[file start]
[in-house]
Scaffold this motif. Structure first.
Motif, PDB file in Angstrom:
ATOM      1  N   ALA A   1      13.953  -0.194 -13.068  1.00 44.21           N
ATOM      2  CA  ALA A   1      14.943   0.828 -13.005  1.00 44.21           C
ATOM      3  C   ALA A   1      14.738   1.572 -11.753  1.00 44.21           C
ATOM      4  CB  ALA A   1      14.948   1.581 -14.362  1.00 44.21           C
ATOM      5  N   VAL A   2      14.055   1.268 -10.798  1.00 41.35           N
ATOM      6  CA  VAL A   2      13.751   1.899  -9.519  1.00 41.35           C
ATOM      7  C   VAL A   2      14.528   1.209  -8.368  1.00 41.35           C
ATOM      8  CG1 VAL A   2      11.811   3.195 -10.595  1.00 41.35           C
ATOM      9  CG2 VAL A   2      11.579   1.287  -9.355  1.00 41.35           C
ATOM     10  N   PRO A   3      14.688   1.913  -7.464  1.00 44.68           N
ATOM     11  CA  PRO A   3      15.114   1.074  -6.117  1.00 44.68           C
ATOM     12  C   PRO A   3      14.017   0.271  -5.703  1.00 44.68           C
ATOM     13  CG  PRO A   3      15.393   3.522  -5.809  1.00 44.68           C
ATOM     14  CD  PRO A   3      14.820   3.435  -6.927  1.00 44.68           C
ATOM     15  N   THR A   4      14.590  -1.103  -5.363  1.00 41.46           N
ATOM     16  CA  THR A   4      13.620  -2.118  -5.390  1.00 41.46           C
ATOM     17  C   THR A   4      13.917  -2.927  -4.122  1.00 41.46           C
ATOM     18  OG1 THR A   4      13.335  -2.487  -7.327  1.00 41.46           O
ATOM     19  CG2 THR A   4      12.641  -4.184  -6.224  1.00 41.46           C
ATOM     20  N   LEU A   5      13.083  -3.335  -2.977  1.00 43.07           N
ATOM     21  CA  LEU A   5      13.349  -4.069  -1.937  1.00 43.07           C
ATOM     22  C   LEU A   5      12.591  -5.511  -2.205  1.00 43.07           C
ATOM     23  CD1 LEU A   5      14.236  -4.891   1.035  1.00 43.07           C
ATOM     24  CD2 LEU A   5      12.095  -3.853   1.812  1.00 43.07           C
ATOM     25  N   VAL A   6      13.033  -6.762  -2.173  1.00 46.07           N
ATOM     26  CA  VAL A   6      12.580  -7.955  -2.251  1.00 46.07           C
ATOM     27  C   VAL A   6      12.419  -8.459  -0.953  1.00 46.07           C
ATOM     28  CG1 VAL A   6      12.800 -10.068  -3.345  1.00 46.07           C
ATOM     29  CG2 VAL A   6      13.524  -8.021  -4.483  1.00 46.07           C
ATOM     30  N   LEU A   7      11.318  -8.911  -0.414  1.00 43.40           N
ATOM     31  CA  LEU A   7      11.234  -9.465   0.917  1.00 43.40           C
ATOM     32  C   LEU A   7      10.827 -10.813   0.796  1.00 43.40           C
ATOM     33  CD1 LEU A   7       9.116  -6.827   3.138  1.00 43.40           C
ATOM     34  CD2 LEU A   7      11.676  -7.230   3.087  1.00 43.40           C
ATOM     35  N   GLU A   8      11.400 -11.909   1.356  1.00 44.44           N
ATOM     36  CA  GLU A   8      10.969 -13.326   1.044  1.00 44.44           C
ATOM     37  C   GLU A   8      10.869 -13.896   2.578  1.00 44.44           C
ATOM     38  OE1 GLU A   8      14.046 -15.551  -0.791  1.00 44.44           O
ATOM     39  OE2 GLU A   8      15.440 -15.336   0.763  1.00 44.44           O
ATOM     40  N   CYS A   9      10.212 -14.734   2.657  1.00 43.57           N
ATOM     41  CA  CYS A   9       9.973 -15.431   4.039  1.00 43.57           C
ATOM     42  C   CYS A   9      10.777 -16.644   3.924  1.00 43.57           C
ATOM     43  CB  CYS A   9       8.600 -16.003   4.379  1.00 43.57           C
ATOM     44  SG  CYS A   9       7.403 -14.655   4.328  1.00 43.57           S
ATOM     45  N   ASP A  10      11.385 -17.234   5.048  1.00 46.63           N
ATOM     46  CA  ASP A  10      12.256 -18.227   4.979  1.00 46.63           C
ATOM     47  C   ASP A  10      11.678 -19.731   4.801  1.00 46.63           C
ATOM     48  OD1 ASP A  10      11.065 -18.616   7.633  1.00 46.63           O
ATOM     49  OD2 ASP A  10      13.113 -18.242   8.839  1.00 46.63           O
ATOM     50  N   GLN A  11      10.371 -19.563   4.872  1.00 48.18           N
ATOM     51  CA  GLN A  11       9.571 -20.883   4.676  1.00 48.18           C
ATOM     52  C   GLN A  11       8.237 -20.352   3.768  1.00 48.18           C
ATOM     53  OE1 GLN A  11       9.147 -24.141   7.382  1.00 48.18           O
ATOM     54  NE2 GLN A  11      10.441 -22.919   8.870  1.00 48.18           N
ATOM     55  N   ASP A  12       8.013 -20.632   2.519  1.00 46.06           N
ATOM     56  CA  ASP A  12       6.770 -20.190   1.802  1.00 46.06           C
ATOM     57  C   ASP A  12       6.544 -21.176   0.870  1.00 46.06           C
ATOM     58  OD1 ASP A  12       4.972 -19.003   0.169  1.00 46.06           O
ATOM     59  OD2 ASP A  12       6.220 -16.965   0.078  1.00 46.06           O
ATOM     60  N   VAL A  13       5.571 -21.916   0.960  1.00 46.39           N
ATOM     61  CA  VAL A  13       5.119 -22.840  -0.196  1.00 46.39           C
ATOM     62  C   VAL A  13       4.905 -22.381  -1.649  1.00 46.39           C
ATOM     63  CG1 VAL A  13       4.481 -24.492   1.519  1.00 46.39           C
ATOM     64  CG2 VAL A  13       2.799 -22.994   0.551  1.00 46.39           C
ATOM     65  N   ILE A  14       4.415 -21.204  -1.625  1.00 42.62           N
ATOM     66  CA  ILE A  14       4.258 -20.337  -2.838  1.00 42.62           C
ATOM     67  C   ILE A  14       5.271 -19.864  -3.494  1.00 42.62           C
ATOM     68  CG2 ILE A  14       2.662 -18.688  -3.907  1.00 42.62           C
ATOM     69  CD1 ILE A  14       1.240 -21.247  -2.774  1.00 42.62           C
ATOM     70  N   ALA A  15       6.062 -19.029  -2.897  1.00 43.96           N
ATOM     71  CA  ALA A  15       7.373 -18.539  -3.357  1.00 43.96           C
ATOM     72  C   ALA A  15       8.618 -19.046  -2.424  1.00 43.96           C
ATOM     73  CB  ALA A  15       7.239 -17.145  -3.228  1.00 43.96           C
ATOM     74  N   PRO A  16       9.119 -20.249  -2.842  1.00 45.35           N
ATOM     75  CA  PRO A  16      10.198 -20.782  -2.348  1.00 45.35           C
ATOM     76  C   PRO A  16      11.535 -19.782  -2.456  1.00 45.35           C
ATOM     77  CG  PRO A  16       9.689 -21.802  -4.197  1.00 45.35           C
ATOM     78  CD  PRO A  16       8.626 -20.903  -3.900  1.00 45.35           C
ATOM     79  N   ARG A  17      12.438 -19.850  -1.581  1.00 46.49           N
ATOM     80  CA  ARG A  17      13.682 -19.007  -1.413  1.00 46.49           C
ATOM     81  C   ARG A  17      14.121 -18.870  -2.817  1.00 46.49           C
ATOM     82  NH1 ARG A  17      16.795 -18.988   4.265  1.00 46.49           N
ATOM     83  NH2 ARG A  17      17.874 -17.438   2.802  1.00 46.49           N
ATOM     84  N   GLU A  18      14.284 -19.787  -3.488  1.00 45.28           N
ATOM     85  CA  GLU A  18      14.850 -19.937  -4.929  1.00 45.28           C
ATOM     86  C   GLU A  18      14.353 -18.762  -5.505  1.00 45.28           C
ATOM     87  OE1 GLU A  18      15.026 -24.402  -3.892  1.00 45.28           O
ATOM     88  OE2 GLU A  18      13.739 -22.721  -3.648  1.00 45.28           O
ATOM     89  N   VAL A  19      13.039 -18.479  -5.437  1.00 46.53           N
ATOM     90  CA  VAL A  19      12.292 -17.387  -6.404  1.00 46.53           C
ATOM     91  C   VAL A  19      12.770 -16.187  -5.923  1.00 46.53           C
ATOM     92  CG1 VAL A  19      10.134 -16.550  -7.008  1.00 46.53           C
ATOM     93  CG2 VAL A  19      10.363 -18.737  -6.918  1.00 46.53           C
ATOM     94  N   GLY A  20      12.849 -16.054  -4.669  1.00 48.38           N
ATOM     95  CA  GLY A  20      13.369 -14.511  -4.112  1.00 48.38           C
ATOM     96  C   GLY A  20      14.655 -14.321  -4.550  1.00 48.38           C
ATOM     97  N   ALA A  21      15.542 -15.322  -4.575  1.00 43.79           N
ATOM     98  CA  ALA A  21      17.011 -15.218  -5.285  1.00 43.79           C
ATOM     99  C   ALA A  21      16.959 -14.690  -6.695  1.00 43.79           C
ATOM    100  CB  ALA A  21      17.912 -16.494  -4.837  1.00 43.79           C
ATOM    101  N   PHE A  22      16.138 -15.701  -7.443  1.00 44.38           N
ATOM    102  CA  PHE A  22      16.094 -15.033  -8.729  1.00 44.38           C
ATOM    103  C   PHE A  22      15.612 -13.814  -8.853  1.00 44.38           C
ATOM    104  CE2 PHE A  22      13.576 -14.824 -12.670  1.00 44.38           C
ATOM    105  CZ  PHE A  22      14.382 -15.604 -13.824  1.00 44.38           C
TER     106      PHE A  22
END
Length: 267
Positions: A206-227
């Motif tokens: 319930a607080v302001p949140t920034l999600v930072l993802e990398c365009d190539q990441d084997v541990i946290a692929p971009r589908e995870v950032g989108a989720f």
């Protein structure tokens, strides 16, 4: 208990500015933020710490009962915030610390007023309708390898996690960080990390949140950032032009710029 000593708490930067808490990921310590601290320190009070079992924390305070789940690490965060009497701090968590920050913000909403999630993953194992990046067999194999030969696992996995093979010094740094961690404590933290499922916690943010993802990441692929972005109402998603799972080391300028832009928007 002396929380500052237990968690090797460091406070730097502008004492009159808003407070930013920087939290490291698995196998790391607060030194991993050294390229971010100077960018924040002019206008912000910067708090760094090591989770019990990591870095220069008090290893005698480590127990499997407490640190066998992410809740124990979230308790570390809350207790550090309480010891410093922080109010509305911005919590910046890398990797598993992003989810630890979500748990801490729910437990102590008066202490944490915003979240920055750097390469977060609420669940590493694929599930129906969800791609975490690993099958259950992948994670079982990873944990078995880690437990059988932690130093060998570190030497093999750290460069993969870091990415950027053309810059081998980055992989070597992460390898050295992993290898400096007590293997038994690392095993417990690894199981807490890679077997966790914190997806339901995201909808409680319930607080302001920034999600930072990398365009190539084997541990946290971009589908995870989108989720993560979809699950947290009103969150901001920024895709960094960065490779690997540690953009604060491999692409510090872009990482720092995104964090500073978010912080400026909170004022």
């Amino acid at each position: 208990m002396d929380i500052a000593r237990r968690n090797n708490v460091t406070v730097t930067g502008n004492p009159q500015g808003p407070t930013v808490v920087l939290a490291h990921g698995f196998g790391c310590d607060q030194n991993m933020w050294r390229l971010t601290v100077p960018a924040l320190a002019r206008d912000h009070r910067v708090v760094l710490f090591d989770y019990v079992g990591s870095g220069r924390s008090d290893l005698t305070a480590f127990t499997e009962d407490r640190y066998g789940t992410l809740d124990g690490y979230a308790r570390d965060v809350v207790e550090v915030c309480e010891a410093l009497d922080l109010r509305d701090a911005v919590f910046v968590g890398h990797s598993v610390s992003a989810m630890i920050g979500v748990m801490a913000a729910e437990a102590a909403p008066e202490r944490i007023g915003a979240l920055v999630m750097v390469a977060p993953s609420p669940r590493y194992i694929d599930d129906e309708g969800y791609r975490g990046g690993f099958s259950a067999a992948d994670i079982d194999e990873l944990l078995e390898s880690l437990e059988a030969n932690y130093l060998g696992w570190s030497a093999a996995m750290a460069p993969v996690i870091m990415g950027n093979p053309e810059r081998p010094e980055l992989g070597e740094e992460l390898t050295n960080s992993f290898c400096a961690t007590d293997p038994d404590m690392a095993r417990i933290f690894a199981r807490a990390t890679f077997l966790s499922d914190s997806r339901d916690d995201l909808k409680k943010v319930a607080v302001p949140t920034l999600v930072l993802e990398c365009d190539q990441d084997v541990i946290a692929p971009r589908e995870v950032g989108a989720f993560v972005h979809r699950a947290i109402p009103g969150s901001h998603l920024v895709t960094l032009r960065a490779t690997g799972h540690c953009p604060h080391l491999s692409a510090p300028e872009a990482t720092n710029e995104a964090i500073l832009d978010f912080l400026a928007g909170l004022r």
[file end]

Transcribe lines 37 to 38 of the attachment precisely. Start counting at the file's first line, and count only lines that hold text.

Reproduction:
ATOM     34  CD2 LEU A   7      11.676  -7.230   3.087  1.00 43.40           C
ATOM     35  N   GLU A   8      11.400 -11.909   1.356  1.00 44.44           N